Where will Trump be on Inauguration Day?

He definitely won’t be in Washington DC standing next to Joe Biden

Graig Graziosi
Wednesday 20 January 2021 15:24
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To the surprise of absolutely no one, Donald Trump has declared he will not be attending Joe Biden's inauguration on 20 January.  

Mr Trump will be only the fourth US president to skip his successor's inauguration – John Adams, John Quincy Adams and Andrew Jackson also skipped their successors' big days – but it is not entirely clear where he'll be the day Mr Biden is sworn into office.  

Washington DC

Mr Trump announced he would leave Washington DC on the day of the inauguration, so we know he will at least start his day in the nation’s capital. 

He said he plans to have a send-off ceremony for himself as he leaves Washington ahead of Mr Biden’s ceremony later that day. 

Follow Biden inauguration live: Bidens attends Mass with McConnell as JLo and Bush family among first arrivals

According to some reports, Mr Trump is planning a 21-gun salute and to treat the event with the same pomp and ceremony expected from a foreign dignitary visit. 

While the details of the farewell are still uncertain, it is clear that Mr Trump will leave Washington and head to his “Winter White House”.

Florida

Based on reports from Bloomberg, it appears the president is going to take up permanent residence at his Mar-a-Lago resort in Florida.  

The resort has served as Mr Trump's home-away-from home for many years, and the large number of conservative Floridians will likely be far more welcoming to the president than the largely liberal New York City where he previously resided. The president declared himself a Florida resident in 2019.

Last month, the Miami Herald reported that Melania Trump took a tour of Pine Crest School in Fort Lauderdale, which is about 40 minutes away from Mar-a-Lago.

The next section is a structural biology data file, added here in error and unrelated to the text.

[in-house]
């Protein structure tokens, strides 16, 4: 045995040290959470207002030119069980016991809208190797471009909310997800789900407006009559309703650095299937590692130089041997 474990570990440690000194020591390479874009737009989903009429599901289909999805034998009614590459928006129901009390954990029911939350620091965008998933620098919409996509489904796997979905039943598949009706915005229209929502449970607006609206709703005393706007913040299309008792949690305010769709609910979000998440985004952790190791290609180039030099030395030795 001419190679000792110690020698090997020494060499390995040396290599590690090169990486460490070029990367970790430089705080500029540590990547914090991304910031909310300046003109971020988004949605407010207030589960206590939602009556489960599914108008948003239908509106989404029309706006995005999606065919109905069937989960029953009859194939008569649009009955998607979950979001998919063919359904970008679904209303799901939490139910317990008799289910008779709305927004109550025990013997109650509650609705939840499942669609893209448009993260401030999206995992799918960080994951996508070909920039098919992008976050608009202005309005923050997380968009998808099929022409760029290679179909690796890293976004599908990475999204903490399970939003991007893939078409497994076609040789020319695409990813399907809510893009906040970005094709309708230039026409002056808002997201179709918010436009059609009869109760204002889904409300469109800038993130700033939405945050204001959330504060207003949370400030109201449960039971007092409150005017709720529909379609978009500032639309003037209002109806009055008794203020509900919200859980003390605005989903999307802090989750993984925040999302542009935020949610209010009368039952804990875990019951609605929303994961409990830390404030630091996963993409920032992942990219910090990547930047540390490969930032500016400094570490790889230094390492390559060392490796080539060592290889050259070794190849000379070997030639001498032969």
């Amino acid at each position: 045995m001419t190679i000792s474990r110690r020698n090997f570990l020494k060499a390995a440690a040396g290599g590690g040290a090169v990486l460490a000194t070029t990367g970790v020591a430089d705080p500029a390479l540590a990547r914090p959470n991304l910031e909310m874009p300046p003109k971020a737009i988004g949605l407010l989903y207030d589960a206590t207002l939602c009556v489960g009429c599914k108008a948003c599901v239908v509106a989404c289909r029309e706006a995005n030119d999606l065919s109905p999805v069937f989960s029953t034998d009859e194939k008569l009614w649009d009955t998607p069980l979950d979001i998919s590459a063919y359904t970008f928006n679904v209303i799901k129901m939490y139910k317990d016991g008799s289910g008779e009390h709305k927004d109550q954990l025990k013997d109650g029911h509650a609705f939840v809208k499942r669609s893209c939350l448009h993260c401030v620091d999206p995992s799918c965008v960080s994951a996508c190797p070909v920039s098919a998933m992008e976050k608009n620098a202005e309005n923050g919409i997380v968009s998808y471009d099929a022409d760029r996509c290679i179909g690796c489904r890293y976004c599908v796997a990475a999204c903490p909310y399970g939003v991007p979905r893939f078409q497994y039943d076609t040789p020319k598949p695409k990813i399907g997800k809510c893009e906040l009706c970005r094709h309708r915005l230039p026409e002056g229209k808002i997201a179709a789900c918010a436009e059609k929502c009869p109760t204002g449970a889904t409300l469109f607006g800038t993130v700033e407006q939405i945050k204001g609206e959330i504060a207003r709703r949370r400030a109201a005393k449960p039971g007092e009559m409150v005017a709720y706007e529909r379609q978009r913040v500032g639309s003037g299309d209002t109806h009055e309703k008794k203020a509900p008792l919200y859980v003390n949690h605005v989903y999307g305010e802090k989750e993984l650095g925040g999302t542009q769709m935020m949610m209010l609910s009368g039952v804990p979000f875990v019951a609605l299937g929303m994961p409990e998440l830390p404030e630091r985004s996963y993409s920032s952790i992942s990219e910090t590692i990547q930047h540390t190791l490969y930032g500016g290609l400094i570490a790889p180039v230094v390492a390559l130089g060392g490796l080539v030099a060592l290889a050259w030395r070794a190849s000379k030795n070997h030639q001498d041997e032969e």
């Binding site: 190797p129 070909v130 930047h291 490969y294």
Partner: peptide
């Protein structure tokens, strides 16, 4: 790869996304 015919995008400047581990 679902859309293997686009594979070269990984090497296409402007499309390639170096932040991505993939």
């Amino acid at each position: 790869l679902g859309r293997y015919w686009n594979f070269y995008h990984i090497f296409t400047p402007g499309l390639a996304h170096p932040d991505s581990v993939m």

Other reports suggest the Trump's apartment at the resort is undergoing renovations.  

Mr Trump has a significant base of support in Florida and the state's governor, Ron DeSantis, was a consistent ally of the president. That does not mean that everyone is happy the president may be moving in next doot.  

Several of the individuals who would become Mr Trump's neighbours have sent a letter to Palm Beach administrators pushing back on the potential move. The residents pointed to an agreement Mr Trump signed in 1993 that converted the resort into a business, which bars anyone from actually living on the complex, including him.  

Mr Trump's daughter, Ivanka, and her husband Jared Kushner, recently bought land in Miami, and the other Trump children are also reportedly searching for homes in South Florida.  

Scotland

Florida isn't the only place where Mr Trump has a getaway; the president also has a pair of golf courses and a resort in Scotland.  

Rumours that the president would flee to Scotland in order to avoid humiliation on 20 January began when a Scottish newspaper reported a worker at the Prestwick Airport – which is near Mr Trump's Turnberry resort – had claimed the facility was expecting the arrival of a US military 757 on 19 January.  

Once speculation that Mr Trump had an imminent Scotland trip planned began circulating the country, First Minister Nicola Sturgeon issued a statement effectively barring Mr Trump from the country.  

"We are not allowing people to come in to Scotland without an essential purpose right now and that would apply to him, just as it applies to anyone else," Ms Sturgeon said. "Coming to play golf is not what I woudl consider to be an essential purpose."  

With the Scotland's leader effectively illuminating a no vacancy sign over the entire country, it appears any rumours of Mr Trump running off to play golf in the highlands has effectively been debunked.  

Texas

Speaking of debunked ideas, while the Scotland rumour may have been the result of a misunderstanding or a legitimate change in schedule, there is one rumour about the president's possible whereabout on inauguration day that is borne fully of fringe, conspiracy nonsense.  

Some of Mr Trump's most loyal – and delusional – supporters believed that Mr Trump's trip to Alamo, Texas to visit the border wall earlier this week was not just a publicity trip, but was the start of his grand plan to retake the White House from Mr Biden.  

Chatter from the fringe world of Mr Trump's digital worshippers included rumours that Texas would announce its secession from the US and that the president would hunker down there and begin his new administration.  

In reality, Mr Trump just showed up, met ICE agents, signed the border wall, and denounced the violent mob at the Capitol that Democrats – and a growing number of Republicans – say he incited. 

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